A Wolfe at the door

This post was written by guest blogger Carrie Frye.

The big lit news in Asheville is that The Thomas Wolfe House reopens at the end of May. It’s been closed since a disastrous arson in 1998.

It’s funny to live in a city whose geography and culture are so entwined with a classic novel, even funnier when that classic isn’t read half as much as it used to be. More on that later perhaps. In the meantime, as The Elegant Variation has pointed out, the prospect of tapping out endless permutations of “You Can Go Home Again” is quickening the pulse of headline writers everywhere (finally, a replacement for”Lost in Translation”!).

Here’s one thing the stories never seem to mention, though: Thomas Wolfe hated the Thomas Wolfe House. His mother bought the Old Kentucky Home as a boardinghouse — it’s called “Dixieland” in Look Homeward, Angel — when he was 12 or so. She and young Wolfe moved in, while his father stayed in the family’s old home a few streets away with the rest of Wolfe’s brothers and sisters.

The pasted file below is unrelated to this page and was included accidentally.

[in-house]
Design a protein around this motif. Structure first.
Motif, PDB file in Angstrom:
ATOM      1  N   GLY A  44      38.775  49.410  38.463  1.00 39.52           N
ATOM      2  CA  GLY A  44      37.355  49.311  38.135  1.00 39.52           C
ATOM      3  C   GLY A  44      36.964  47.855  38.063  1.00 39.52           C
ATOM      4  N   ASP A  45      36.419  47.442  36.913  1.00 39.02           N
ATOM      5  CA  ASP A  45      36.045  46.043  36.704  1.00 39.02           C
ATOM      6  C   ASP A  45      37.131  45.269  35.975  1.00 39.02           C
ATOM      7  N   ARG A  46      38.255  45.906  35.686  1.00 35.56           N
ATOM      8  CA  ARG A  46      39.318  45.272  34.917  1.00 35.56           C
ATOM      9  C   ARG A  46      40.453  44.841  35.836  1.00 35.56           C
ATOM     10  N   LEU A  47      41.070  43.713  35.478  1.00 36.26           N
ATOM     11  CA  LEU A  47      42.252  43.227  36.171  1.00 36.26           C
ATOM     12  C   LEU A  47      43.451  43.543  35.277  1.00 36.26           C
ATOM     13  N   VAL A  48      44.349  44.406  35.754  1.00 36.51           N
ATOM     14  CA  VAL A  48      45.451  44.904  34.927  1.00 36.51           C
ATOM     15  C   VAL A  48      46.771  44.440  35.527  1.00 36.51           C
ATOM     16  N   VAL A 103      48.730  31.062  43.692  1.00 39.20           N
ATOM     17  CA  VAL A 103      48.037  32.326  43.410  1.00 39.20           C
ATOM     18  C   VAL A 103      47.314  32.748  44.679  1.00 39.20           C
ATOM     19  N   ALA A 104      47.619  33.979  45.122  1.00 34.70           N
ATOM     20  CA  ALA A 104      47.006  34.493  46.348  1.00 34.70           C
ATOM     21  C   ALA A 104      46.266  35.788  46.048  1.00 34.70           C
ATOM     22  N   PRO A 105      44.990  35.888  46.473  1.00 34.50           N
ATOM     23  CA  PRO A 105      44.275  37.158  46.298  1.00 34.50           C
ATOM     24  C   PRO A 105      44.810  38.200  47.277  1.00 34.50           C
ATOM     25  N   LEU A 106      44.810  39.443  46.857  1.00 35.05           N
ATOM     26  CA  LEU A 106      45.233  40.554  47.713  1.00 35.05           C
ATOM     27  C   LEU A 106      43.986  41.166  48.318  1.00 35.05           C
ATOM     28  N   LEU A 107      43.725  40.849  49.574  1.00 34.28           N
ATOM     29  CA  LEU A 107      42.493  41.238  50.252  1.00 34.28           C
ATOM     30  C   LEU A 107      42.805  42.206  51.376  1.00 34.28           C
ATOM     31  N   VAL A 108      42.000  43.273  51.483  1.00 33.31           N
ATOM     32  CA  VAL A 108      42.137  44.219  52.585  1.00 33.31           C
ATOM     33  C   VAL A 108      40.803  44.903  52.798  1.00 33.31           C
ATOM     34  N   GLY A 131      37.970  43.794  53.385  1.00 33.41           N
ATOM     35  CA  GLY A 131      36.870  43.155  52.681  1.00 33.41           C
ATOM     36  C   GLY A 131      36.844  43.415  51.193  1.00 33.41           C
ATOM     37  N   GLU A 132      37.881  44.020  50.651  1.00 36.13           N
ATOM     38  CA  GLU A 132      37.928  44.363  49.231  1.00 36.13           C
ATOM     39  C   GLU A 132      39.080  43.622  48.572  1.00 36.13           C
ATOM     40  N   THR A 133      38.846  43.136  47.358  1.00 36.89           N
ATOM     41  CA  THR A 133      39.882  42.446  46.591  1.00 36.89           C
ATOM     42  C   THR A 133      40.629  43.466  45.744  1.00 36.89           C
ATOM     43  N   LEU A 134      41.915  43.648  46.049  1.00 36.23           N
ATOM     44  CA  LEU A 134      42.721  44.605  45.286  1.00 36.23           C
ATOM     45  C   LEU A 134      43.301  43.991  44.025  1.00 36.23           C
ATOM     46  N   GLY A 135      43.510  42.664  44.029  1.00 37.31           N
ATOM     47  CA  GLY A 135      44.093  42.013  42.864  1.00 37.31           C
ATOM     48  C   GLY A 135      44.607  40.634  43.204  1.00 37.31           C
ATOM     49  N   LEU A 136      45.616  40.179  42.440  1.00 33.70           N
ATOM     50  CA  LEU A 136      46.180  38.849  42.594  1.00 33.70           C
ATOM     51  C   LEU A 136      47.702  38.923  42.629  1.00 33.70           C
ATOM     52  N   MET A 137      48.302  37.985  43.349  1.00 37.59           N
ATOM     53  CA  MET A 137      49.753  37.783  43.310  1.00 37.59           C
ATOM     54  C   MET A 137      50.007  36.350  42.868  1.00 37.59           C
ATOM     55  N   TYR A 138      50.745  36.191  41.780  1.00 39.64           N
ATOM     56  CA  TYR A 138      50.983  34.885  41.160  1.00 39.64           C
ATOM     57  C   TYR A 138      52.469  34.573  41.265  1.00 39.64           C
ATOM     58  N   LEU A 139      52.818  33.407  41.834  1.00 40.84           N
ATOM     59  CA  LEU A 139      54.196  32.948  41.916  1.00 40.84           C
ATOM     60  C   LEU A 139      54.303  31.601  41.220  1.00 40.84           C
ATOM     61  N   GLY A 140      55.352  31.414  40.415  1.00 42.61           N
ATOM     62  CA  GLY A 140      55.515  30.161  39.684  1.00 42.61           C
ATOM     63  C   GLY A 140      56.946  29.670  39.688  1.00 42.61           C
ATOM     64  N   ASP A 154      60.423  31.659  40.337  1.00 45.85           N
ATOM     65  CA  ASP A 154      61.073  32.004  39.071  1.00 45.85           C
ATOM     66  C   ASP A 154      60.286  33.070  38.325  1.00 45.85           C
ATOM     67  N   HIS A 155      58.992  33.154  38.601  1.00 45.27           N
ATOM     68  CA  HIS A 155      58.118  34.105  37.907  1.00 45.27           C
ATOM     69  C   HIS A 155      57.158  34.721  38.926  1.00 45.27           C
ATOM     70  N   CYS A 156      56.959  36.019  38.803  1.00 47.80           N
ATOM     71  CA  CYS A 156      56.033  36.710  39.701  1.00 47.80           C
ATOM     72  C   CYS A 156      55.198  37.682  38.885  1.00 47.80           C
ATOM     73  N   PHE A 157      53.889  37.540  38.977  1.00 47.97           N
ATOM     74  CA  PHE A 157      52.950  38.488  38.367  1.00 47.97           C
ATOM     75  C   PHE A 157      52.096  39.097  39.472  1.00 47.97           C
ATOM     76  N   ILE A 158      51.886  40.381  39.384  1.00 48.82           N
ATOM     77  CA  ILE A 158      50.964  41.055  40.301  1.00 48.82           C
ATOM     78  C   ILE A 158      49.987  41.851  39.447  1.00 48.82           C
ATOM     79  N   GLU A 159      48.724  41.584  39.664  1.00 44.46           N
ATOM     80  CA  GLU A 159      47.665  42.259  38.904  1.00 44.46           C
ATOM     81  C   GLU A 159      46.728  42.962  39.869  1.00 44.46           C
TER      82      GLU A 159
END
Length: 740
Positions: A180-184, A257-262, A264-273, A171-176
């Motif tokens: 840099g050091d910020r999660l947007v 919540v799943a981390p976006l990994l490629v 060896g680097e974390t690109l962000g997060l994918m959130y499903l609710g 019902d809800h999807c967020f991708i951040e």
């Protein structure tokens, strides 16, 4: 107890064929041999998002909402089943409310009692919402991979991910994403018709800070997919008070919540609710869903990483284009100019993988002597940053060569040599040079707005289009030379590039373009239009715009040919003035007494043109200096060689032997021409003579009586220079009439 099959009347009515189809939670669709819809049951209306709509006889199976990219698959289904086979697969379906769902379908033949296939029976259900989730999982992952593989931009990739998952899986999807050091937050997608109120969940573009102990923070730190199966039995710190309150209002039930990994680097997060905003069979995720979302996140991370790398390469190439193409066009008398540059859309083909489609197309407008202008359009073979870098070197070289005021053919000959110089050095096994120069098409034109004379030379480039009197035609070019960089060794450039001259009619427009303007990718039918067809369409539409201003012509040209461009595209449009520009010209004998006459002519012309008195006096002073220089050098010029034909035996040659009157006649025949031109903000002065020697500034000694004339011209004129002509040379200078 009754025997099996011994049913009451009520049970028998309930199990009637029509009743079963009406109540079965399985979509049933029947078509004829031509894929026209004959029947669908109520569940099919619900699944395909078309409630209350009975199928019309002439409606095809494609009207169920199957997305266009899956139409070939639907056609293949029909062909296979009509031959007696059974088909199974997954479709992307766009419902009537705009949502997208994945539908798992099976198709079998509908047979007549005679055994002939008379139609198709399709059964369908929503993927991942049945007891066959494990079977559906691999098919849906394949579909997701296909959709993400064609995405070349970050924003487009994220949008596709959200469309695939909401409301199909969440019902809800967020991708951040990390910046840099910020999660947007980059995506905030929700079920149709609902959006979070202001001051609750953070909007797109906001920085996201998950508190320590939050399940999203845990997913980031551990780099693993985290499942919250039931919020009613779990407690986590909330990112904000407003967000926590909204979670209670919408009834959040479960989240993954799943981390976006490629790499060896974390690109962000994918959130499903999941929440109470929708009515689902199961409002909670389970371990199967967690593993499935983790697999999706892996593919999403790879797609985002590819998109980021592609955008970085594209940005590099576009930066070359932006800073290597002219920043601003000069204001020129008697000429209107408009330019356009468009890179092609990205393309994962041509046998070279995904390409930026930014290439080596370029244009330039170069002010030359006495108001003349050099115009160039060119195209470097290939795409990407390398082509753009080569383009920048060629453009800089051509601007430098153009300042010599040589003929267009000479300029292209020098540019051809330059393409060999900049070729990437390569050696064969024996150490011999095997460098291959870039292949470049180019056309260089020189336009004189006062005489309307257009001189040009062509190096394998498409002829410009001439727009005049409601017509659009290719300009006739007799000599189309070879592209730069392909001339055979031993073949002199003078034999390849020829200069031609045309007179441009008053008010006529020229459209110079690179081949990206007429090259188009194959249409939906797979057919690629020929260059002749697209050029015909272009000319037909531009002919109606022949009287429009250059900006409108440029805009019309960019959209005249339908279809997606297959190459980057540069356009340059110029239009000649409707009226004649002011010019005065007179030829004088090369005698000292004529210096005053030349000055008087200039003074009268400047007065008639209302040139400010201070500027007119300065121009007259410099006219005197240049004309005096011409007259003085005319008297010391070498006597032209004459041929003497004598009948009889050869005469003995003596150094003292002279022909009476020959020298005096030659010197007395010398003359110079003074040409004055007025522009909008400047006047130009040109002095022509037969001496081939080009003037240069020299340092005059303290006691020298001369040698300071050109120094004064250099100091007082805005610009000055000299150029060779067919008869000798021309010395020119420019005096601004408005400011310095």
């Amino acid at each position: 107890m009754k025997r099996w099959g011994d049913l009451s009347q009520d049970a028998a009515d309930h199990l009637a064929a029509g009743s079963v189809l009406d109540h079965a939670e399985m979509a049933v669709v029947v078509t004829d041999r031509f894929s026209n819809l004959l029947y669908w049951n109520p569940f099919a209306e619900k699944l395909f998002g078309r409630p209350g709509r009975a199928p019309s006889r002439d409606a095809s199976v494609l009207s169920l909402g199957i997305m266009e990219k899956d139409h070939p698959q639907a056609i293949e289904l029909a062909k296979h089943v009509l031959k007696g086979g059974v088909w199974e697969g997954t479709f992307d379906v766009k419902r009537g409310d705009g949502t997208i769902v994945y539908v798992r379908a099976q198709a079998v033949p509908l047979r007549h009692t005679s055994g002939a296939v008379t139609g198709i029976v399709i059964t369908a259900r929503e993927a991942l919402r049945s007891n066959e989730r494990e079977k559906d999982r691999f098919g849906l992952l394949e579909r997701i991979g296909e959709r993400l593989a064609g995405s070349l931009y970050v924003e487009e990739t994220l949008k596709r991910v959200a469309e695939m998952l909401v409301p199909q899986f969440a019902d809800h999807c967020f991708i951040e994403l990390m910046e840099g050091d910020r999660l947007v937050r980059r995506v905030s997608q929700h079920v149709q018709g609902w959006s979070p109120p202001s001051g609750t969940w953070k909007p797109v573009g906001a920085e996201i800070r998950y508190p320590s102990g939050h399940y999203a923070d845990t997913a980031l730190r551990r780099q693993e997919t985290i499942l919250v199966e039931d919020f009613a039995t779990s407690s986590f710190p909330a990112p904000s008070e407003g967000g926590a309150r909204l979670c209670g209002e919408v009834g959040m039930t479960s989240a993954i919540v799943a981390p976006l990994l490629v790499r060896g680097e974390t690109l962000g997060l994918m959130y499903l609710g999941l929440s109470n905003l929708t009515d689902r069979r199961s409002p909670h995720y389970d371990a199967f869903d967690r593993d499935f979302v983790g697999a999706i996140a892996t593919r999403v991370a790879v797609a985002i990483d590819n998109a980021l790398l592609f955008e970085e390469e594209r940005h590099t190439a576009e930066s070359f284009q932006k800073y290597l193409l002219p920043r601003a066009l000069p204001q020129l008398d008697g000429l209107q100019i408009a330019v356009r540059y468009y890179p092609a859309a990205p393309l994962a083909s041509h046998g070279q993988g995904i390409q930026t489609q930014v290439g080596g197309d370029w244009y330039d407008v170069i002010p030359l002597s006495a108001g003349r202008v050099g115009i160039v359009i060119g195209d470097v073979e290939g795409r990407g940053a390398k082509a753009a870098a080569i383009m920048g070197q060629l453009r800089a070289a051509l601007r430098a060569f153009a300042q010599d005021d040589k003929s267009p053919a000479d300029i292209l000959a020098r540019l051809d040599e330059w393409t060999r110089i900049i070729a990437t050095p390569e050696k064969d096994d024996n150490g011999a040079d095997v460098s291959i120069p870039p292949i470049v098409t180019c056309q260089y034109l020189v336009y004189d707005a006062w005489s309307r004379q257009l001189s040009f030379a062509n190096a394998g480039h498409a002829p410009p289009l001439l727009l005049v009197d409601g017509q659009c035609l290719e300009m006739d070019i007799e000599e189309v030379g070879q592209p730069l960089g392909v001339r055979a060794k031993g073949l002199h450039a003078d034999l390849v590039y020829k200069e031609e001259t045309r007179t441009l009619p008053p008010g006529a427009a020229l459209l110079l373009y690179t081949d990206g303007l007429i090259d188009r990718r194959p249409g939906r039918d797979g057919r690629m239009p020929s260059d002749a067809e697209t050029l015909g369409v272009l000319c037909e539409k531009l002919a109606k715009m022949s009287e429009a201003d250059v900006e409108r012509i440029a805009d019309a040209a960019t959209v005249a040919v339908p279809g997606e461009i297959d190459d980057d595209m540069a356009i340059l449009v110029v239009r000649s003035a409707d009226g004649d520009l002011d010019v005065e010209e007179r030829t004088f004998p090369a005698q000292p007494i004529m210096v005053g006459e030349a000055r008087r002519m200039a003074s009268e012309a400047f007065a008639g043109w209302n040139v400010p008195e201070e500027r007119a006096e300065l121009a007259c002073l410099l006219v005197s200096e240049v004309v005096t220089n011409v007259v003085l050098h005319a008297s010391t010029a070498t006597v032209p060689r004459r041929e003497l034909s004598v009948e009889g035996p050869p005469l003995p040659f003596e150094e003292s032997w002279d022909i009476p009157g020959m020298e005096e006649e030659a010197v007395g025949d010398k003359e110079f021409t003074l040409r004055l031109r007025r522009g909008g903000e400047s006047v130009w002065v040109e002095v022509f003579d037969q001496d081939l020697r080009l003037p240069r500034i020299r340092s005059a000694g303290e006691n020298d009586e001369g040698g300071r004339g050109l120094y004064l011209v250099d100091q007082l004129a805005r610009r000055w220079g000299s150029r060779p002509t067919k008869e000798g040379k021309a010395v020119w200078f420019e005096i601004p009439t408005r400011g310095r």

The house represented a fissure in the family. In Look Homeward, Angel, the father rants at the mother: “It was a bitter day for us all when your gloating eyes first fell upon this damnable, this awful, this murderous and bloody Barn.” For himself, Wolfe’s stand-in, Eugene, refers to the house as a “chilly tomb” and is ashamed of the place.

So just because you can go home again, doesn’t mean you’ll like it.

Mr. Tingle and I took some pictures of the “bloody Barn” yesterday that we’ll try to post later.

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